IT seems fitting that the Ant-Man stories feel smaller than those of his Avengers counterparts.
While Thor, Captain America and Hulk’s backgrounds and abilities see them fighting hordes of intergalactic critters around the galaxy, Ant-Man is still just a man relying on science.
It serves as a nice antidote to the increasingly loud, intertwining and overbearing Avengers movies that see entire cities levelled within one action sequence.
Paul Rudd’s unwavering cheekiness and cute factor are also big pluses.
Taking place between the events of Captain America: Civil War (2016) and Avengers: Infinity War (2018), Scott Lang/Ant-Man (Paul Rudd) has been under house arrest for two years after his involvement in Germany.
Just days away from his punishment being lifted, he is approached by Hope van Dyne/Wasp (Evangeline Lilly) and Dr Hank Pym (Michael Douglas) for help to find Hope’s mum and Hank’s wife Janet (Michelle Pfeiffer).
Janet has been lost in the quantum realm – a place Scott once escaped – for 30 years and there is a chance they can get her back.
But they are not the only ones keen for her return – with someone else with an affliction who wants to exploit Janet for their own gain and they will fight for it.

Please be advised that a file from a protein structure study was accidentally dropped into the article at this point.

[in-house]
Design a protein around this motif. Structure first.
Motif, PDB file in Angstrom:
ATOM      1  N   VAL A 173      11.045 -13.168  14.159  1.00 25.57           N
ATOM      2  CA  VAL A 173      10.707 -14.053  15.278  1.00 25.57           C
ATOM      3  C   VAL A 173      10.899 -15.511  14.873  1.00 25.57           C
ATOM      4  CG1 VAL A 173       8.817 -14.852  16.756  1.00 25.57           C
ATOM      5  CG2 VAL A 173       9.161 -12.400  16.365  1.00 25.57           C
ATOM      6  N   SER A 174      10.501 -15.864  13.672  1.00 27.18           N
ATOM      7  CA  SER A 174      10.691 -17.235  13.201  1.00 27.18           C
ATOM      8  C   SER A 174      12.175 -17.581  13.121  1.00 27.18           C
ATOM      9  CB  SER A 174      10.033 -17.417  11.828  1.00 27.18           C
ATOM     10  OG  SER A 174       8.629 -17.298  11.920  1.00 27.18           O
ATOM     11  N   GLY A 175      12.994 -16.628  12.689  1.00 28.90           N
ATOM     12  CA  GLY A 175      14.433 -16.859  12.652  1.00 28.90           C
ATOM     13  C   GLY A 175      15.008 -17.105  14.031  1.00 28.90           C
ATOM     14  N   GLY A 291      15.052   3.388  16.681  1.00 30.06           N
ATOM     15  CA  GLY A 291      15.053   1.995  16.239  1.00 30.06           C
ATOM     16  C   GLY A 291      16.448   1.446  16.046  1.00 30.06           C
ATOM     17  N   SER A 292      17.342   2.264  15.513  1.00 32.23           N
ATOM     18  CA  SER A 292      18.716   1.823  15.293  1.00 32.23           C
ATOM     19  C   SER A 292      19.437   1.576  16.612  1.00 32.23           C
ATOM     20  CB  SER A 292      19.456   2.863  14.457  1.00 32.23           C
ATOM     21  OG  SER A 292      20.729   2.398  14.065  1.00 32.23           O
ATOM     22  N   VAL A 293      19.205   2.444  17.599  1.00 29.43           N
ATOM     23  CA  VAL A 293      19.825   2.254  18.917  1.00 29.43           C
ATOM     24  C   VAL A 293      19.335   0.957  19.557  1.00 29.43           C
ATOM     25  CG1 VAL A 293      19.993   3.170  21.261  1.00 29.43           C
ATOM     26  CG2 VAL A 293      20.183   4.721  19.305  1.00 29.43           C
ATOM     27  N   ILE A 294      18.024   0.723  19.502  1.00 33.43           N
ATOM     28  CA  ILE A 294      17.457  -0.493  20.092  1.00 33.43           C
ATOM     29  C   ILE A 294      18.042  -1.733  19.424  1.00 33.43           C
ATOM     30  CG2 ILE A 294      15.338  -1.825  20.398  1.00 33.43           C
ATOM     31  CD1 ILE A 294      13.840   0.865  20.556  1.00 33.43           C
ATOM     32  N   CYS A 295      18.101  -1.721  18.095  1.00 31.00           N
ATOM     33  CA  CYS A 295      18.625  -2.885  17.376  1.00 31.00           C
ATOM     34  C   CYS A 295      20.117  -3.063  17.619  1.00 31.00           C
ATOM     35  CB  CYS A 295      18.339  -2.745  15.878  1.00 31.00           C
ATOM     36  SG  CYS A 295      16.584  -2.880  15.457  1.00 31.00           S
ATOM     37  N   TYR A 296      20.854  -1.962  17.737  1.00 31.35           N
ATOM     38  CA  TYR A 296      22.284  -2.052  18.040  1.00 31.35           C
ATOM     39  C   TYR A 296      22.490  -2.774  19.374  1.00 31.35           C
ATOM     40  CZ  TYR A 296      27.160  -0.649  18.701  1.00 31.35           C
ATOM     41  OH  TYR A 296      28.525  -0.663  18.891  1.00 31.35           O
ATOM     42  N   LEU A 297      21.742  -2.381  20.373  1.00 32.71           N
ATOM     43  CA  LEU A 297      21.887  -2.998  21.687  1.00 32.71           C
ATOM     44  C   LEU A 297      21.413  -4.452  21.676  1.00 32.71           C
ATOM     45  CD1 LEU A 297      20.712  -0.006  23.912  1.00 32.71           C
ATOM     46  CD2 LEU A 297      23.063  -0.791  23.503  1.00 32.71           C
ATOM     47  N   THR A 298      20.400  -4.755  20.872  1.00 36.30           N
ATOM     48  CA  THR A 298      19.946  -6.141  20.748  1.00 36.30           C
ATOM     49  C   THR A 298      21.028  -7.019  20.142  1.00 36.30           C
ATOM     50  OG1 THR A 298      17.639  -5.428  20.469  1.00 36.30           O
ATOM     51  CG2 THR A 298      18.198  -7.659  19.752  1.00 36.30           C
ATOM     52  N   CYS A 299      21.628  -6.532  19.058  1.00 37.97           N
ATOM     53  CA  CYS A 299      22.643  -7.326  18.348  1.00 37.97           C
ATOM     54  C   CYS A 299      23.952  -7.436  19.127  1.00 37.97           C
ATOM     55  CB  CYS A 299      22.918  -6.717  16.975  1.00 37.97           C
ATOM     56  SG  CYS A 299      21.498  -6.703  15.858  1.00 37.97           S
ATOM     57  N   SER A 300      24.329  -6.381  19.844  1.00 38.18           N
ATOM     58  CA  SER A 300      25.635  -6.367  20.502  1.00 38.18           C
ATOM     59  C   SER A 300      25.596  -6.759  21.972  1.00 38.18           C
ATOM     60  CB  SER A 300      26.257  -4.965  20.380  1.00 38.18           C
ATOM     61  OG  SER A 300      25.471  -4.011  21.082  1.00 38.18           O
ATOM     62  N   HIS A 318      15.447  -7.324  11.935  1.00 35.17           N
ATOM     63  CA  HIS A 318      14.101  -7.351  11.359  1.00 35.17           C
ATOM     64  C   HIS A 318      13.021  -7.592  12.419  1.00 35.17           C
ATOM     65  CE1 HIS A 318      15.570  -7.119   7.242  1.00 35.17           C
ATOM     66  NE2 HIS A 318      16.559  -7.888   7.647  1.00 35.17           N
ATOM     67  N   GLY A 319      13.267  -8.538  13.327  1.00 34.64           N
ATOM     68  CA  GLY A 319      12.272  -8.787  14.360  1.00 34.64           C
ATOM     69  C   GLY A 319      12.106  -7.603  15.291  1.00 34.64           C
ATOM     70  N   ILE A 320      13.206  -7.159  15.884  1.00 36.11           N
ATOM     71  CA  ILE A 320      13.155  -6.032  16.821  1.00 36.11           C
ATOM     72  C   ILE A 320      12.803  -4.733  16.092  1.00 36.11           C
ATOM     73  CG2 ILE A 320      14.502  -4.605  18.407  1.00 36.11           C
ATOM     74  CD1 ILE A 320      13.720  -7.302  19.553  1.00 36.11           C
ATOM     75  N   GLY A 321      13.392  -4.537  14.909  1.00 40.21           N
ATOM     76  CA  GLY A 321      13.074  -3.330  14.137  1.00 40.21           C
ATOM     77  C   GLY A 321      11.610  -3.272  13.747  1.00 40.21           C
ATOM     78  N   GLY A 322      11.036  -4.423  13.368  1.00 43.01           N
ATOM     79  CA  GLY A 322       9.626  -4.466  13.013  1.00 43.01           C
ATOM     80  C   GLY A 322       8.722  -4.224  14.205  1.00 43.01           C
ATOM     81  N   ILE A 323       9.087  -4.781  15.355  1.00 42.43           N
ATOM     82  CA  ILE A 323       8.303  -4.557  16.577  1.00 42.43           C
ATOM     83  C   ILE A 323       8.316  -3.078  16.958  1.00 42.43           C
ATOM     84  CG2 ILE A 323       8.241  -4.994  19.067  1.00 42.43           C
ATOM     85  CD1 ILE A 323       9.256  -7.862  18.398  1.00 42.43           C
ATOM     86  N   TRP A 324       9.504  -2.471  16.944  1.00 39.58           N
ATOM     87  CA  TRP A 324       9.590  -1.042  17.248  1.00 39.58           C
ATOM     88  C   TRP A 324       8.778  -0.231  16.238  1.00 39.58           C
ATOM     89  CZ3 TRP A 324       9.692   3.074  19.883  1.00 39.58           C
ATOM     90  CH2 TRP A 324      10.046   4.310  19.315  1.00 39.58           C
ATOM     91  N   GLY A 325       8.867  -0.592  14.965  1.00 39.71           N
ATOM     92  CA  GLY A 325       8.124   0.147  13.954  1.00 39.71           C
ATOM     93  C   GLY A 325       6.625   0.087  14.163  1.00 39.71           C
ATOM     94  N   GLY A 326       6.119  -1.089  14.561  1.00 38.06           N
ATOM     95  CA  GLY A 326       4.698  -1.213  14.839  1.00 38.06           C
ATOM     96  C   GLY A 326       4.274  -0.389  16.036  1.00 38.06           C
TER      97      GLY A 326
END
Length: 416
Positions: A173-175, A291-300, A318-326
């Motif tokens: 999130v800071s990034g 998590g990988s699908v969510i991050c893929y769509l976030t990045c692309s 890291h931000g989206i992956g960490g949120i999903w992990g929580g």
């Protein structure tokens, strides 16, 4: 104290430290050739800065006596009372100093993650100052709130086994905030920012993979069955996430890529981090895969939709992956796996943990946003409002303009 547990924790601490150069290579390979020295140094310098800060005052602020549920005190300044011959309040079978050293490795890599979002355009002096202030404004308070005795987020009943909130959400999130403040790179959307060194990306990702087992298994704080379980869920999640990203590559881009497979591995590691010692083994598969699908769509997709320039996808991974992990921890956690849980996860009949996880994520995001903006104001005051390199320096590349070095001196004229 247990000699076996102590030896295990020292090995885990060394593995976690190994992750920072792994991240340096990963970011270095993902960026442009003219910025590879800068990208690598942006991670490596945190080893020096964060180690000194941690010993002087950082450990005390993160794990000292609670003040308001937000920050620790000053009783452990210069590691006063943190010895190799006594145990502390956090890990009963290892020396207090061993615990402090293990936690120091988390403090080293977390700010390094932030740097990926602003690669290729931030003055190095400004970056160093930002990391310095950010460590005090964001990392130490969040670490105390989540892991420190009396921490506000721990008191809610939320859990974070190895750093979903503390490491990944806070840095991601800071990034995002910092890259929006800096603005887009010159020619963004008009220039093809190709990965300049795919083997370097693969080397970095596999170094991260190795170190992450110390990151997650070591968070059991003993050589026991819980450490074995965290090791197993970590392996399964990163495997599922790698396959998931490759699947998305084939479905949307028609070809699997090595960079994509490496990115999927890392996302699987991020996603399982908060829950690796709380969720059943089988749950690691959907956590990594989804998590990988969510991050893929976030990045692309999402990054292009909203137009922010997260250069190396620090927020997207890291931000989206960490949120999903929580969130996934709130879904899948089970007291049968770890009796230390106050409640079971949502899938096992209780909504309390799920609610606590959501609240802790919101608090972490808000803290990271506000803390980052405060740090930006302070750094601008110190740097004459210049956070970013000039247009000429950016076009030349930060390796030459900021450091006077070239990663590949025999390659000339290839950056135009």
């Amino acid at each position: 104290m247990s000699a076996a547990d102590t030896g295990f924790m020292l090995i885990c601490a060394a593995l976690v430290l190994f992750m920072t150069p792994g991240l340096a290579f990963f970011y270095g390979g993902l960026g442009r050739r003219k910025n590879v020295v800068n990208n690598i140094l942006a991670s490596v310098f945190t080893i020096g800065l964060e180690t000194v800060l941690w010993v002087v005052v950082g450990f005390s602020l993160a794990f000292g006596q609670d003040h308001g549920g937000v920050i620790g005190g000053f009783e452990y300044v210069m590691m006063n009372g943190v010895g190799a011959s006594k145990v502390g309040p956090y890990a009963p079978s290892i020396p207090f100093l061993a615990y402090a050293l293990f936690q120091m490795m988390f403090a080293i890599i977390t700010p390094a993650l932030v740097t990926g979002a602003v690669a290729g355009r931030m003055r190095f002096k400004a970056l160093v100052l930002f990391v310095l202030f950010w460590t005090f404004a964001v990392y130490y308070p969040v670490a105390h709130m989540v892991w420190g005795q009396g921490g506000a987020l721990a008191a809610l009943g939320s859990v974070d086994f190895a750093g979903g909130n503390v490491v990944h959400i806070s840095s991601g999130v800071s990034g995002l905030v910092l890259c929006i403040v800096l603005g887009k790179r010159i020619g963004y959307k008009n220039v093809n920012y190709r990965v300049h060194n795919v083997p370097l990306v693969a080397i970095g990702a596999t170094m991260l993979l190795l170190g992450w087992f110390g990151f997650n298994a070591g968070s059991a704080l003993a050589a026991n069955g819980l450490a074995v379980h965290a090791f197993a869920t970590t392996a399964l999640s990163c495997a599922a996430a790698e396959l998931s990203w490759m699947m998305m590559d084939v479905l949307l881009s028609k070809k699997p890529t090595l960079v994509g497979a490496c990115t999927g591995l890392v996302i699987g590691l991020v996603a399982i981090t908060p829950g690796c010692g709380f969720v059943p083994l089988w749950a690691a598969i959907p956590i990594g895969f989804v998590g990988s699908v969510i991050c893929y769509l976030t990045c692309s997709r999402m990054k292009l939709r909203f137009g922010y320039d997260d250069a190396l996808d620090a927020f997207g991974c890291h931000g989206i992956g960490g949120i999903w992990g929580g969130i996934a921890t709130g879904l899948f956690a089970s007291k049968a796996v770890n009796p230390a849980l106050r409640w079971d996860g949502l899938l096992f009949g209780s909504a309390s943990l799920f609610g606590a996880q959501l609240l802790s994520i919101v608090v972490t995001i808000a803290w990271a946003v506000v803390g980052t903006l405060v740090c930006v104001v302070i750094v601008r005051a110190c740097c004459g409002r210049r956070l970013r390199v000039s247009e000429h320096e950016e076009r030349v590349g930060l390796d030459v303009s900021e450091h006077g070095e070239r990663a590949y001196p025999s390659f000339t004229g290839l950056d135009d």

With less action and more heart than other films in the Marvel universe, Ant-Man and the Wasp acts as a much-welcome breather – something that is less hectic with a smaller, narrower scale and yet still as enjoyable.
What action there is, is delightfully inventive with the shrinking and enlarging of numerous items from a Pez dispenser to a salt shaker, for use against the enemy.
Director Peyton Reed gets a chance to think outside the box a bit with the car chase sequences – adding a bit of pizzazz as they careen through the streets of San Francisco.
If you can make it through the chatty, science gobbledygook-filled scenes of exposition, there are some nice character and relationship moments and Rudd’s charm, which takes this a long way.
Ant-Man and the Wasp (PG)
Directed by: Peyton Reed
Starring: Paul Rudd, Evangeline Lilly, Michael Peña
Three and a half stars
Review by: Julian Wright
In cinemas July 5